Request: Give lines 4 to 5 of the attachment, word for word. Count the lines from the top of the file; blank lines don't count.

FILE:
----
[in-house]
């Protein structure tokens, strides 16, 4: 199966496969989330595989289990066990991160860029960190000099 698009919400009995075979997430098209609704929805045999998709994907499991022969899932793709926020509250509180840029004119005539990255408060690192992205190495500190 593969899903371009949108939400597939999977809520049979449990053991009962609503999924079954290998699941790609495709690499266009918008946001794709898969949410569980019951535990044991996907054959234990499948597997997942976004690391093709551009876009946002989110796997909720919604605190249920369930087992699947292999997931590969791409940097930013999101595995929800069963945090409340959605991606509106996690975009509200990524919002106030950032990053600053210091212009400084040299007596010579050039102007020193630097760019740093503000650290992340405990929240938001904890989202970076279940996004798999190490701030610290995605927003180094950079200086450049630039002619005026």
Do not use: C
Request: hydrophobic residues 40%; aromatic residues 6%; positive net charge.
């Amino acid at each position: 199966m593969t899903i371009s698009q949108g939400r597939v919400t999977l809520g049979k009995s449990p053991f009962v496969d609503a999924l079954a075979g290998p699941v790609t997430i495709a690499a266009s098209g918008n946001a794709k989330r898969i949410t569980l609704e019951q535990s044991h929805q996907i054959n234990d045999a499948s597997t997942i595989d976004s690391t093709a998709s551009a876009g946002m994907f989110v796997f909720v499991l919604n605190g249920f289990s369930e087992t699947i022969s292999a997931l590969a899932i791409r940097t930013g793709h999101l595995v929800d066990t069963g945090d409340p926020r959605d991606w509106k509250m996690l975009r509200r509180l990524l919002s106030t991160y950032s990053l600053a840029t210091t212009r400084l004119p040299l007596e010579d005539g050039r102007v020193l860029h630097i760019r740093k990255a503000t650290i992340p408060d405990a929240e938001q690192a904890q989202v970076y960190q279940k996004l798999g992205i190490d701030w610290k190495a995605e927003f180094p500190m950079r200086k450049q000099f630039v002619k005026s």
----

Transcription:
Request: hydrophobic residues 40%; aromatic residues 6%; positive net charge.
């Amino acid at each position: 199966m593969t899903i371009s698009q949108g939400r597939v919400t999977l809520g049979k009995s449990p053991f009962v496969d609503a999924l079954a075979g290998p699941v790609t997430i495709a690499a266009s098209g918008n946001a794709k989330r898969i949410t569980l609704e019951q535990s044991h929805q996907i054959n234990d045999a499948s597997t997942i595989d976004s690391t093709a998709s551009a876009g946002m994907f989110v796997f909720v499991l919604n605190g249920f289990s369930e087992t699947i022969s292999a997931l590969a899932i791409r940097t930013g793709h999101l595995v929800d066990t069963g945090d409340p926020r959605d991606w509106k509250m996690l975009r509200r509180l990524l919002s106030t991160y950032s990053l600053a840029t210091t212009r400084l004119p040299l007596e010579d005539g050039r102007v020193l860029h630097i760019r740093k990255a503000t650290i992340p408060d405990a929240e938001q690192a904890q989202v970076y960190q279940k996004l798999g992205i190490d701030w610290k190495a995605e927003f180094p500190m950079r200086k450049q000099f630039v002619k005026s």